Read Online Serving the Billionaire by Bec Linder Free
That was the number staring back at me from the screen. Less than seventy-five bucks to my name, no job, and rent was due next week.
Shit. I decided to log out of my bank account and log back in, just to make sure there wasn’t some hiccup in the system.
No dice. $73.81.
I had a job, up until two weeks earlier. A pretty good one. Then my boss copped a feel in the break room, I told him off, and he fired me on the spot. I spent the next two weeks applying to every job opening I could find, but nobody called me back. Not even one interview. Even the coffee shop around the corner wouldn’t hire me; I was “overqualified.”
New York is glamorous and exciting until you’re unemployed, broke, and desperate. Then it seems like the worst city in the world.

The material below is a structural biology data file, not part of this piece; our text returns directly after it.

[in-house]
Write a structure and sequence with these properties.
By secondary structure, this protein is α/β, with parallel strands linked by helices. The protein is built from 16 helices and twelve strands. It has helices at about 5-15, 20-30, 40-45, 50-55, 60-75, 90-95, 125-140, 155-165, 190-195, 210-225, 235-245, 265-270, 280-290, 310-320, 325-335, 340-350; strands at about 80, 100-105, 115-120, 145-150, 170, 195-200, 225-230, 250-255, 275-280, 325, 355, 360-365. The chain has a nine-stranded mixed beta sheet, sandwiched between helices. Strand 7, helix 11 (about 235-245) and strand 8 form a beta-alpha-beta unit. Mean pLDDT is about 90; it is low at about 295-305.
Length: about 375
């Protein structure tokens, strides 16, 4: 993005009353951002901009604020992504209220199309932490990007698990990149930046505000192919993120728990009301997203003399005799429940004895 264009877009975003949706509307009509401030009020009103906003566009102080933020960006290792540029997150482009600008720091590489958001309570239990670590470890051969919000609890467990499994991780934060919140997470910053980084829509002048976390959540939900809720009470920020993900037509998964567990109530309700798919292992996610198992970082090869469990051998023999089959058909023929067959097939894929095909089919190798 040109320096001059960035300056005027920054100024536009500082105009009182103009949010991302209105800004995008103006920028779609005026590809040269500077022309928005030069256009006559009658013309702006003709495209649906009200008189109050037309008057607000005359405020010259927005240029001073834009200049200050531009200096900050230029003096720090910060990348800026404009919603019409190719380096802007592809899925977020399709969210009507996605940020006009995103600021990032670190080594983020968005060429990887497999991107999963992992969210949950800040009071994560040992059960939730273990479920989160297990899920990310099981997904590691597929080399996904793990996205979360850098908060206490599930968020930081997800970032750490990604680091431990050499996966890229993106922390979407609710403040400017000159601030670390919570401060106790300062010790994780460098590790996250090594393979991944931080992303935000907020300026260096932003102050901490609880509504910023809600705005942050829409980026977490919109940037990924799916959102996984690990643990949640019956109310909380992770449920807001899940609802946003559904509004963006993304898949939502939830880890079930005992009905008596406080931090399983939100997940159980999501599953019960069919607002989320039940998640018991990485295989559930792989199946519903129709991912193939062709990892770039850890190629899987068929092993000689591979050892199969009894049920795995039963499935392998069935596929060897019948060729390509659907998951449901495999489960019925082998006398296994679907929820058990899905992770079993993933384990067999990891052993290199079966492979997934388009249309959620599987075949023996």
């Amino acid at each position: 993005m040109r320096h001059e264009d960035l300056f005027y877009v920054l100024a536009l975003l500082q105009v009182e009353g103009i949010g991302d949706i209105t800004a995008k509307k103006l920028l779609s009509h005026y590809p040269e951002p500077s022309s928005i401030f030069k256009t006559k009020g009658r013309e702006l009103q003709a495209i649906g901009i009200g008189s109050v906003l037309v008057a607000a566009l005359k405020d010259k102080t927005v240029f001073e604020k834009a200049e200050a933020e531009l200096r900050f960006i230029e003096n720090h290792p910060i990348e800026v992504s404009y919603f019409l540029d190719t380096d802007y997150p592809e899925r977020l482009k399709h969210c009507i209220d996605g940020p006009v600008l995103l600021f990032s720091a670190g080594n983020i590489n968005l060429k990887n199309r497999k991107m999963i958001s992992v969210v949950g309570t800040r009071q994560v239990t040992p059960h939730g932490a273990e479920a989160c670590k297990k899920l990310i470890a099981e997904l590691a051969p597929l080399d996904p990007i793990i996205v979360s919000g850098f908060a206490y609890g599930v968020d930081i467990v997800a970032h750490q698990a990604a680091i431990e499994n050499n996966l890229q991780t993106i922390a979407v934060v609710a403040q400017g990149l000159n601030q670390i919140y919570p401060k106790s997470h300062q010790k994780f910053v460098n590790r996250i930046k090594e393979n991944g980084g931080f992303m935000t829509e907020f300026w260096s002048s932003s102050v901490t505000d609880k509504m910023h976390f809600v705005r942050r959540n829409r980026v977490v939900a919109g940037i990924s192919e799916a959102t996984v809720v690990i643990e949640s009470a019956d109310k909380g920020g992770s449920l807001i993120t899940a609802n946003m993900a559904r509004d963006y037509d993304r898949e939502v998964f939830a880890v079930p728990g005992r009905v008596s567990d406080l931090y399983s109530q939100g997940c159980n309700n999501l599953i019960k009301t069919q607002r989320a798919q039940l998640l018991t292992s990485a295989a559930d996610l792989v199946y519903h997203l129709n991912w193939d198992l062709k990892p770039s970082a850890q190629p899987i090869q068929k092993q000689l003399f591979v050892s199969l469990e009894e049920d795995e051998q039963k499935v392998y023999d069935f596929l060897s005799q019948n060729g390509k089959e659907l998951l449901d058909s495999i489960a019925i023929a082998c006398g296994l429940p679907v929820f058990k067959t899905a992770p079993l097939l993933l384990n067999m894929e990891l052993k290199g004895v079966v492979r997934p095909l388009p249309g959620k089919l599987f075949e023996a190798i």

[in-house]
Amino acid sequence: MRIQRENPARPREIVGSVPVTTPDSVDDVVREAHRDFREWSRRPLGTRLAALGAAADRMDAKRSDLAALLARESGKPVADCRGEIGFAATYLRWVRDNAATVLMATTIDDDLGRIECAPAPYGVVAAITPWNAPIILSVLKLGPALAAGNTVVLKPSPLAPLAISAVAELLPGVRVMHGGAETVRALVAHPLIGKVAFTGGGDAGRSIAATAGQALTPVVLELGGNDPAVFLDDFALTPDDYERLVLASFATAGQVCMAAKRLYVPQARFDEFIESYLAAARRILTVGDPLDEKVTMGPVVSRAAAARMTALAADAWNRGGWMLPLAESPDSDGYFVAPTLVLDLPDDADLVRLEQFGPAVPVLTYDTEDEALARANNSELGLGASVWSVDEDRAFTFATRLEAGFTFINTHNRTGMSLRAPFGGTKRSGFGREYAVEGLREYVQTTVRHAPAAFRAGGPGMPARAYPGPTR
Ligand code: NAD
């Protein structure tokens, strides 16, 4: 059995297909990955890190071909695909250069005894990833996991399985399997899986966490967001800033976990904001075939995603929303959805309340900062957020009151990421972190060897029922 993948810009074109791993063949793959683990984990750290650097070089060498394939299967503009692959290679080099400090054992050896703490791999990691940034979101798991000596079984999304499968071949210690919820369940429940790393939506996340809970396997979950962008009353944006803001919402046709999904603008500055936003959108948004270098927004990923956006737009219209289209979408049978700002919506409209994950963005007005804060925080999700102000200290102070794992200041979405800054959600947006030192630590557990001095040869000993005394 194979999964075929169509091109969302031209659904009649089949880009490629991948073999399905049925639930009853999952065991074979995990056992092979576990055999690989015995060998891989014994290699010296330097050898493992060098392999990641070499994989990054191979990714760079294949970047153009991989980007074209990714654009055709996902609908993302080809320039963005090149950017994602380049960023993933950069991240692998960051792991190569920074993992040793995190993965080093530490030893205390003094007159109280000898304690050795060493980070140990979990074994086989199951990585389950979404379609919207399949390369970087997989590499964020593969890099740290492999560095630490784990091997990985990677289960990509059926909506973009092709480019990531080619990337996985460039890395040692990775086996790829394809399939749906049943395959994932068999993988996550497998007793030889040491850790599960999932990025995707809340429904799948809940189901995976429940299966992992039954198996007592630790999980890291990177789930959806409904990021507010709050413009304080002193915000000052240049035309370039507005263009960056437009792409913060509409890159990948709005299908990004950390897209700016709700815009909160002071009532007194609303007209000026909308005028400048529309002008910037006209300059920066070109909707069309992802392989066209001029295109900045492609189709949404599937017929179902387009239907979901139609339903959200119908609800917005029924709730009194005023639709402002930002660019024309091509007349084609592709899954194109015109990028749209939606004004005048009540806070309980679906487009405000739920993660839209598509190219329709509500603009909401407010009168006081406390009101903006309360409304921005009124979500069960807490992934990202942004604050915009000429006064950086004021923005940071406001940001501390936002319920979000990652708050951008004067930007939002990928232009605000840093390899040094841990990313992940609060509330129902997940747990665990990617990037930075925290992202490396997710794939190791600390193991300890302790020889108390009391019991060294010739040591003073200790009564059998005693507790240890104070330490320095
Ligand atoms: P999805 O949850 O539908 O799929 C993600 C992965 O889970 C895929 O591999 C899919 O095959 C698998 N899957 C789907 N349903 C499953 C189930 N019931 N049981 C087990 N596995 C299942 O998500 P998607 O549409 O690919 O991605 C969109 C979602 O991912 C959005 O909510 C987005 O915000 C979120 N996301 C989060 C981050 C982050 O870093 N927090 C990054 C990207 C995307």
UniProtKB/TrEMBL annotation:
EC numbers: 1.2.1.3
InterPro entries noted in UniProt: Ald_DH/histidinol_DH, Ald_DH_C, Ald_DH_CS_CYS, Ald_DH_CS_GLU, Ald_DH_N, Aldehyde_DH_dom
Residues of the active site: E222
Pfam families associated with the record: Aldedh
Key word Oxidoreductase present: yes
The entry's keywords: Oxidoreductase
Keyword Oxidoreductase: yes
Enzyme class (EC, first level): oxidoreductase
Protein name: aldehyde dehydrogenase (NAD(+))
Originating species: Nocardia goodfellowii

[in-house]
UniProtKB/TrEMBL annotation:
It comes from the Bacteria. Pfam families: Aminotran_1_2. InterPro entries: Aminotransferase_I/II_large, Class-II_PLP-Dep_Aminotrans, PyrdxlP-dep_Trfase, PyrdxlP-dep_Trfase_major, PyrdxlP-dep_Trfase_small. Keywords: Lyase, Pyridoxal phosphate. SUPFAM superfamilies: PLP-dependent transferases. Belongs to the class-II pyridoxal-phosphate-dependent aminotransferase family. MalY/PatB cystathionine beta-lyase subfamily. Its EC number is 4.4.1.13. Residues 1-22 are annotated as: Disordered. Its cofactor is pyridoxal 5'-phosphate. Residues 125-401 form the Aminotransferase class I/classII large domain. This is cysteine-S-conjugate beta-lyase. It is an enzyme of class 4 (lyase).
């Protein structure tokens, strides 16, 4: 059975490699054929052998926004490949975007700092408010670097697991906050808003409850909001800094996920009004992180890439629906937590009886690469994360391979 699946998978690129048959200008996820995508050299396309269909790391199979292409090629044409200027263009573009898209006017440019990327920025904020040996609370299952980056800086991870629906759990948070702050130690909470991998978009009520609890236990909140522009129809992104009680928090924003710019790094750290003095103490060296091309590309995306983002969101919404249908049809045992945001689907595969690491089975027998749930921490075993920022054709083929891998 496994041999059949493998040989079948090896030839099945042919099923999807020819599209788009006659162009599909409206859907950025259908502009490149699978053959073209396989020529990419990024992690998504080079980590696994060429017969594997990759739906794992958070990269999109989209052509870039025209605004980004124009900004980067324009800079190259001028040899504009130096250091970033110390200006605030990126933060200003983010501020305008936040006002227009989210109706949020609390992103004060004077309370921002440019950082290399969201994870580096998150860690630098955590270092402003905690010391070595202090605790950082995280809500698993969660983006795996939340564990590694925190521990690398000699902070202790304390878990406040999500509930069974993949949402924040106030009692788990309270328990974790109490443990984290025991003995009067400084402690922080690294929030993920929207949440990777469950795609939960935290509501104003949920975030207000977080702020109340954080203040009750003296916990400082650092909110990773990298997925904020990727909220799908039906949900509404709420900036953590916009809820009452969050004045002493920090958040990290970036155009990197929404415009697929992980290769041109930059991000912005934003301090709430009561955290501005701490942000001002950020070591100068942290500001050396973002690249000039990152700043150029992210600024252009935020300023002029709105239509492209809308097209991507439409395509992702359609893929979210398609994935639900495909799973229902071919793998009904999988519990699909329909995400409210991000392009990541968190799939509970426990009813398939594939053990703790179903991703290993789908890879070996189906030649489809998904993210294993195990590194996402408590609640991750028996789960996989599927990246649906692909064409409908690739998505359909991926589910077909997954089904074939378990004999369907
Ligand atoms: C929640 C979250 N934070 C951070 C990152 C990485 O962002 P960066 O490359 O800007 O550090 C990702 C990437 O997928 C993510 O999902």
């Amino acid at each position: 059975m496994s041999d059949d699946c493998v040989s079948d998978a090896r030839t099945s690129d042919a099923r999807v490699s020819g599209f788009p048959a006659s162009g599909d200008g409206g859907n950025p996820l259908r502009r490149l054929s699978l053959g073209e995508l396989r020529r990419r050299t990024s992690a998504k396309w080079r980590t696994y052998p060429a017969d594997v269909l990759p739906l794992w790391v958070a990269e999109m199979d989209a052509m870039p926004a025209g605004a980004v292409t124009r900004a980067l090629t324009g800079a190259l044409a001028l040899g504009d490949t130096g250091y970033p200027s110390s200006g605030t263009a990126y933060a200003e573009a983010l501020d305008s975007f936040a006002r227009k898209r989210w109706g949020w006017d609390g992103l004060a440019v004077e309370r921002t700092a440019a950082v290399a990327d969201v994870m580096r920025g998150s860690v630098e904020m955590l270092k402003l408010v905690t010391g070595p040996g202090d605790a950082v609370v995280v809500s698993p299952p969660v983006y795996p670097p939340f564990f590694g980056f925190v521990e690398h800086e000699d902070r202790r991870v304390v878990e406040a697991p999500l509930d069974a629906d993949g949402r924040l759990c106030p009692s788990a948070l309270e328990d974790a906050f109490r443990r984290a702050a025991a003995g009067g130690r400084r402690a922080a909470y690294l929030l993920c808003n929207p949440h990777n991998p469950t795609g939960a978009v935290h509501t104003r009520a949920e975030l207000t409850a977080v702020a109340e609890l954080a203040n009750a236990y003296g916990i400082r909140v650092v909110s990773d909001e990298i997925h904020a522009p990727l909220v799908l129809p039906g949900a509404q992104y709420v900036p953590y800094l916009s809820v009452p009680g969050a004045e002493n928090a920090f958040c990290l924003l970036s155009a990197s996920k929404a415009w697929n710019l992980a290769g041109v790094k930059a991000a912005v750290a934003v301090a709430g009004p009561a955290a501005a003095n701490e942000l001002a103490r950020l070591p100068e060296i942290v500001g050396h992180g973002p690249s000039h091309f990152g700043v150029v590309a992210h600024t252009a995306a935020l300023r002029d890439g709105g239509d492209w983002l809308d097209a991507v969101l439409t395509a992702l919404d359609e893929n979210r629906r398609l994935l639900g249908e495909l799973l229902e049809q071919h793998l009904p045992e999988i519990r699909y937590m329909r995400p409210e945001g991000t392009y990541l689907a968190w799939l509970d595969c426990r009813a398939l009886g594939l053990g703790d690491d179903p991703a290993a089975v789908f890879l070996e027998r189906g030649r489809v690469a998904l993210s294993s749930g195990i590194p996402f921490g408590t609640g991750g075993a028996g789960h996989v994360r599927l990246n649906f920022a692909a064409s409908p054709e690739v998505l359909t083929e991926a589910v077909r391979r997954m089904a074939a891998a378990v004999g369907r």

This wasn’t how I imagined my life turning out.
I closed my laptop and considered my options. My credit cards were maxed out, and all of my friends were just as broke as I was. I hadn’t spoken to my mother in six years, since I graduated from high school and left the West Coast for good. I hadn’t spoken to my father in longer than that. There were no eccentric great-aunts who would die and leave me an unexpected fortune. I was basically at the end of the line.
Either you’re born lucky or you aren’t. I wasn’t, and my life had been a long series of sad mistakes and unfortunate coincidences, culminating in that moment at my laptop, when I realized I was a week away from losing everything I’d worked so hard to earn.
Well. Desperate times call for desperate measures. I needed some greasy bodega food. So what if I couldn’t afford it? I couldn’t afford anything, and I still had to eat. One could only survive on ramen for so long.
I put on my coat and walked to the bodega on the corner. November had arrived crisp and cold, and my ears felt numb by the time I arrived. The bell to the door jingled as I went inside.
The guy at the sandwich counter spotted me and waved. “Miss Regan! The usual?”
“Yeah,” I said. “Thanks.” Maybe I should have been embarrassed that the bodega guy knew my order by heart, but I wasn’t. There can be no shame when it comes to sandwiches.